Interview: Elohim on her debut self-titled EP.

Interview: Elohim on her debut self-titled EP.

Elohim is an entity of great mystery. Based in Los Angeles, she obscures her voice and sometimes her face to protect herself and her identity, using an English-accented automated voice to read her answers in interviews, and a tiger-face mask in many photoshoots. If this sounds somewhat gimmicky, the answer as to why Elohim employs these measures comes in her lyrics.

She is alarmingly honest on her self-titled mini-album, released earlier this year, about her struggle with anxiety. Standout track ‘Xanax’ confronts the feeling of abject terror that simple acts such as leaving the house can inflict upon sufferers. The pulsating ‘She Talks Too Much’ grapples with similar struggles in a social setting. In glorious new single, ‘Hallucinating’, Elohim appears to somewhat embrace her anxiety for the way in which it allows her to see the world.

We discussed the way in which her honesty informs her music and her interactions with fans who sympathise with her suffering, as well as how her disguised identity translates into live performance, and what the future has in store for her.

"...I am always here for anyone that needs a friend."

COUP DE MAIN: How does the experience of playing live relate to your hidden identity? Do you find there’s a juxtaposition between the mystery of your recordings, and live performance?
ELOHIM: I think the live show is an extension of what I create on record. One of the many beauties of performing live is being able to provide visual context to the sounds that are vibrating through those massive speakers. The performance becomes a 45-minute journey that we all take together. Ups and downs, noise and silence; I feel a connection to the crowd the further I unfold in front of them. I am probably the most exposed during my live show.

CDM: Do you find that your secrecy regarding your identity gives you more creative or lyrical freedom?
ELOHIM: Definitely. I feel zero boundaries. There are no distractions from my work, and creative decisions become much more clear and consistent that way. No-one knows me yet, so they aren't expecting anything - therefore it feels like my possibilities are completely endless.

CDM: We spoke to Allie X last year, and she told me that her reluctance to reveal details about her past has led to increased attempts by fans to find out about her life - the so-called Streisand Effect. Have you found or experienced anything like this?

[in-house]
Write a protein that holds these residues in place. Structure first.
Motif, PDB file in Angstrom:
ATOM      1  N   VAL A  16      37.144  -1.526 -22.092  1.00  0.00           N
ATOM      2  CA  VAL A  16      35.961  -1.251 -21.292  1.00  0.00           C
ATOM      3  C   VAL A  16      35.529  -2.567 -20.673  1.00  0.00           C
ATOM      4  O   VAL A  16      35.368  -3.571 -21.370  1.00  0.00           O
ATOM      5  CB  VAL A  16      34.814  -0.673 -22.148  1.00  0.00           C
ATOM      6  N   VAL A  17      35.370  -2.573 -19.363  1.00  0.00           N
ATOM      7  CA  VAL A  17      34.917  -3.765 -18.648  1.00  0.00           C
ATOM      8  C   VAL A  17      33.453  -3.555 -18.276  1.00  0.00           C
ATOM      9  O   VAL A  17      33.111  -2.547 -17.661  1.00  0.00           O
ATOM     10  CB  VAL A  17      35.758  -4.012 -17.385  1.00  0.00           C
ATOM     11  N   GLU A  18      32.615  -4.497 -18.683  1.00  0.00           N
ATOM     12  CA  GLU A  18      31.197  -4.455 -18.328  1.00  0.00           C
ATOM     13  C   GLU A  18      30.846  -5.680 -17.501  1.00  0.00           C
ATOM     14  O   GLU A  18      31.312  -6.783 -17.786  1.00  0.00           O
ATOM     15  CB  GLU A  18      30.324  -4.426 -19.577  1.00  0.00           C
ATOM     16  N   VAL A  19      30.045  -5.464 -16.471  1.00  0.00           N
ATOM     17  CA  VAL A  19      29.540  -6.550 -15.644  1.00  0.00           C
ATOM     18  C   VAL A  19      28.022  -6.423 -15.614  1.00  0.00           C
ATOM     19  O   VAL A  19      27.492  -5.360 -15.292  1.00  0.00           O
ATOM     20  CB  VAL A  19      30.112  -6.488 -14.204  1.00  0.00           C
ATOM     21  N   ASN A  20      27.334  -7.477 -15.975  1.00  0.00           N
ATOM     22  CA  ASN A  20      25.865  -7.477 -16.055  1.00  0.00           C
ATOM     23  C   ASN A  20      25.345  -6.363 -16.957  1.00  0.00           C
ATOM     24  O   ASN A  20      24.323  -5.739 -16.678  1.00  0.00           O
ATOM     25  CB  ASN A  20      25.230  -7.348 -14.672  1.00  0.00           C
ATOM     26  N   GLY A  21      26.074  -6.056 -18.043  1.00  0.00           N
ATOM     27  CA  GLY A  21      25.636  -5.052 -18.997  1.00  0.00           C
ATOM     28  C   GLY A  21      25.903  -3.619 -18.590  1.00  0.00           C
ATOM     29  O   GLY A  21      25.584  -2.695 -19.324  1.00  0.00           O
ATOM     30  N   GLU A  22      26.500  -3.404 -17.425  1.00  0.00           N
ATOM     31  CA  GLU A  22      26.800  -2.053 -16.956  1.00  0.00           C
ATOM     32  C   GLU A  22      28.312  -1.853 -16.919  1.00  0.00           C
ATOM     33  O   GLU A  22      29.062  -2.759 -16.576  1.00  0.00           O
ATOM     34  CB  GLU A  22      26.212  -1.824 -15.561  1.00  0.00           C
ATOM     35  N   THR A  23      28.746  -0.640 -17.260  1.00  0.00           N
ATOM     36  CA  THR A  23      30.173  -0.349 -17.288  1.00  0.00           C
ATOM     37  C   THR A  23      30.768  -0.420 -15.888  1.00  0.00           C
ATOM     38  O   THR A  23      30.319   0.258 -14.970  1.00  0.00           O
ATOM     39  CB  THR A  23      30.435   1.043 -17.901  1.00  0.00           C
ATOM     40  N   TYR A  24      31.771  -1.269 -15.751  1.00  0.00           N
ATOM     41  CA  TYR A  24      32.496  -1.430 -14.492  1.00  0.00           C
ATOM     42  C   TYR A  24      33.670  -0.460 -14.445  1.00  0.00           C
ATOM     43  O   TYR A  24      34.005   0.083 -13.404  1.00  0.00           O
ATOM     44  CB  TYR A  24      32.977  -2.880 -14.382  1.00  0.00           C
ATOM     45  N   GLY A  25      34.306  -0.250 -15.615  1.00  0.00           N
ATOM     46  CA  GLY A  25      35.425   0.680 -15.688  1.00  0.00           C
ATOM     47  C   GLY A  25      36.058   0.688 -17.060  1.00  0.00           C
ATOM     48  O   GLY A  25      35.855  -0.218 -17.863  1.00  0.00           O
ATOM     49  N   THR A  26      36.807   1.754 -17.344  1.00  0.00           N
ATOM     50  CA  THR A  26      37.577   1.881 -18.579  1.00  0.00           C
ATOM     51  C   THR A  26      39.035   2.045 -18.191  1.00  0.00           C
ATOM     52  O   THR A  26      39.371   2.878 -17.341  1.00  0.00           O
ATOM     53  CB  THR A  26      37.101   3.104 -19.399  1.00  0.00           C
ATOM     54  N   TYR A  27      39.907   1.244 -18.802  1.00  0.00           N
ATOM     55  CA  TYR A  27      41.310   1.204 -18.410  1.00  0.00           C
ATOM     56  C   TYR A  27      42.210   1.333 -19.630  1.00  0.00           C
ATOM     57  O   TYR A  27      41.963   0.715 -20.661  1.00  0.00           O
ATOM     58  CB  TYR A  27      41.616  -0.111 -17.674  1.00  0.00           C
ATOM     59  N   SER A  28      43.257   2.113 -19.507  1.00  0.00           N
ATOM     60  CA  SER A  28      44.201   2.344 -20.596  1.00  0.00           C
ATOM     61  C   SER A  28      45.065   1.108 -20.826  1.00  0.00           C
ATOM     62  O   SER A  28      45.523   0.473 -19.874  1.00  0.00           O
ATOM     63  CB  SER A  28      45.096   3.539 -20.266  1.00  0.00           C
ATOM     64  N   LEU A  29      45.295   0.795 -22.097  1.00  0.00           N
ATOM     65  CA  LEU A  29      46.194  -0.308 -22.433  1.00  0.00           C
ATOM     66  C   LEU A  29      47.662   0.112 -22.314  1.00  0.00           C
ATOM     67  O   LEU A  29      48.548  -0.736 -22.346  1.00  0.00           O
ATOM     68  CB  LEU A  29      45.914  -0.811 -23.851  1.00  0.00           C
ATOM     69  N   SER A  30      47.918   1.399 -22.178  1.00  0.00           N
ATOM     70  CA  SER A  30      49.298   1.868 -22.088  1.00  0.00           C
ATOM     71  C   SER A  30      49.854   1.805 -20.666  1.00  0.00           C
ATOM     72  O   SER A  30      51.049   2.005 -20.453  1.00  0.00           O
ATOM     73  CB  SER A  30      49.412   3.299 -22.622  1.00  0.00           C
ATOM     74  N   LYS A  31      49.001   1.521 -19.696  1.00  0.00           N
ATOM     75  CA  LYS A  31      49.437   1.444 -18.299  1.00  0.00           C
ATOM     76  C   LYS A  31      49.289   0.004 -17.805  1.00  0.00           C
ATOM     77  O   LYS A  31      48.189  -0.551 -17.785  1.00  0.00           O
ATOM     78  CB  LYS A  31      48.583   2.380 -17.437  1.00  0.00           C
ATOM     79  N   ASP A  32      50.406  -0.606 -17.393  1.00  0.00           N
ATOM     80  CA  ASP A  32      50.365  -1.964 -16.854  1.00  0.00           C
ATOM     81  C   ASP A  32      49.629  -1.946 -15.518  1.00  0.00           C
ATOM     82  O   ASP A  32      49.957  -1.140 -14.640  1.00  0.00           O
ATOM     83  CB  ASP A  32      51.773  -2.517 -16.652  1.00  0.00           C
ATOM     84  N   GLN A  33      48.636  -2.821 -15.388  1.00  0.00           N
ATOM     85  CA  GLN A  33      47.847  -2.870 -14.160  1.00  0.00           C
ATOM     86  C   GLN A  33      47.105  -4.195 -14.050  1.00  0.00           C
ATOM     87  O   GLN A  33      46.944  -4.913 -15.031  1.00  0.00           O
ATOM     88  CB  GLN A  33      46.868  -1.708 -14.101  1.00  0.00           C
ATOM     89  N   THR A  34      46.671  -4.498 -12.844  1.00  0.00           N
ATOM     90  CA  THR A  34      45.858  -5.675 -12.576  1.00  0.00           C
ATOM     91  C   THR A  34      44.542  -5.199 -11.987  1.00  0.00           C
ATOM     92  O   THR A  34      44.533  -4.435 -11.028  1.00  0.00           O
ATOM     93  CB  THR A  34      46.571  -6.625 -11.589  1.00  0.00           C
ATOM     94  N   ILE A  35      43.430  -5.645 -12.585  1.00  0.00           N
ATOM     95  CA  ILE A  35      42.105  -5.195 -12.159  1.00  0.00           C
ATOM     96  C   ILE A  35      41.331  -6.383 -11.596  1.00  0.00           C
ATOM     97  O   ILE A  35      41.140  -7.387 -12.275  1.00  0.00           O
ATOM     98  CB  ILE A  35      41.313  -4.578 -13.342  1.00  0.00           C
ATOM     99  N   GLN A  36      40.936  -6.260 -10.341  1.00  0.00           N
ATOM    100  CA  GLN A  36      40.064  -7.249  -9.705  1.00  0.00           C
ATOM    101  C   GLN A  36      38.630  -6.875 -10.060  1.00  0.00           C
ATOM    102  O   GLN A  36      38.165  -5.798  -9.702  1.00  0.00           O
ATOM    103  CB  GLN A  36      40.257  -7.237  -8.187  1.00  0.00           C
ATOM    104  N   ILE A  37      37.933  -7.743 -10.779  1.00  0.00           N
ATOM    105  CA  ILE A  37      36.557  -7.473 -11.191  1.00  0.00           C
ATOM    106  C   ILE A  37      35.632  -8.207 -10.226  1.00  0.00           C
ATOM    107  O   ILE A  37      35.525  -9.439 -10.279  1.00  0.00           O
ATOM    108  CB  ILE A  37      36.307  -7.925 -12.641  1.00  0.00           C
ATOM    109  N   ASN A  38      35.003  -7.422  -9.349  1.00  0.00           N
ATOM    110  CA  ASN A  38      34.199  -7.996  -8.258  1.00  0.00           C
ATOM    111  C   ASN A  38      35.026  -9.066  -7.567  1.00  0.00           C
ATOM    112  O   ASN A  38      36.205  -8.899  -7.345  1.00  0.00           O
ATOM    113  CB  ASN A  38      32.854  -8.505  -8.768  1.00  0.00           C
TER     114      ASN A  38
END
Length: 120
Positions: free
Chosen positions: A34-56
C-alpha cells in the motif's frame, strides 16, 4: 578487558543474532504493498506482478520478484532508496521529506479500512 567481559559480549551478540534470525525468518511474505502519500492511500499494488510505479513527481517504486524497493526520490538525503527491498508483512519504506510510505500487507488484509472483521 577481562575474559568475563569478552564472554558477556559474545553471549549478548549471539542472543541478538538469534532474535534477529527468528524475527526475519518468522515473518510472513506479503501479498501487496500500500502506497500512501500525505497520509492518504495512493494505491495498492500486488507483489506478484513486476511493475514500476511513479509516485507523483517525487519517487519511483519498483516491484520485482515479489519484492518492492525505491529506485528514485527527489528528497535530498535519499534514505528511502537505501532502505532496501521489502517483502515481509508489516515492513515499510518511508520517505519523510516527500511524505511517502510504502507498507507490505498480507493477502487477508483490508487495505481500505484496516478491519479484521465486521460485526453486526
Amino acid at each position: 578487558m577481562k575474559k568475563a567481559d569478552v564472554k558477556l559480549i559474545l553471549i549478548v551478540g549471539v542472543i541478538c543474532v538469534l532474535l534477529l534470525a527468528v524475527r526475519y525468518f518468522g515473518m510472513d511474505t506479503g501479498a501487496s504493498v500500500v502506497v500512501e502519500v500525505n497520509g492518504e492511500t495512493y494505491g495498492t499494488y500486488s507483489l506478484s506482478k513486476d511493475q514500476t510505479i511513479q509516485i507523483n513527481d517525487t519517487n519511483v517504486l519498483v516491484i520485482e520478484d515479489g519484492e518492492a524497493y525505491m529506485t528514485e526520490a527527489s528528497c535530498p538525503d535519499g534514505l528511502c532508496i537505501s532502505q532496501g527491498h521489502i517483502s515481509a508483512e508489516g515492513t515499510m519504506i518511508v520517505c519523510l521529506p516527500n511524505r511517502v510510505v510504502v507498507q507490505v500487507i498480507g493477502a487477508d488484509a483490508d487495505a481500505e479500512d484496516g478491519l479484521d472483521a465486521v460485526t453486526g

ELOHIM: I don't know who that is, but I try not to focus on the aspect of that. My anonymity is intended to eliminate boundaries, paying any mind to those things is counterproductive to the art. No need to worry about things you cannot control. The friends I have made through my music get a pretty real version of me when we are having one-on-one conversations.

CDM: Do you ever find that discussion about your anonymity distracts from the music?
ELOHIM: Not really, I feel they go hand in hand at this point. If it wasn't that it would be something else, and I don't mind the discussion. To me it's about the music, but I understand the curiosity as well.

CDM: I’m intrigued by the release of ‘Pigments’, for which fans could go to a website and interact with your heartbeat, as it seems almost antithetical to your desire to keep your distance. What made you want to do this?
ELOHIM: We just wanted to do something different than a standard music video. Everyone can go on YouTube and press play, but are you actually engaged? We just wanted to have fun and for others to have fun with us.

CDM: Your choice of a tiger-mask is very interesting. Tigers are said to symbolise both the boldness and the need of an inner sanctuary. What made you choose the tiger-mask?
ELOHIM: The mask wasn't a choice necessarily. It seemed to fall into place in a serendipitous way panning out to represent exactly what I wanted it to. Strength, confidence, and independence.

CDM: What do you think is the difference between a good song and a great song?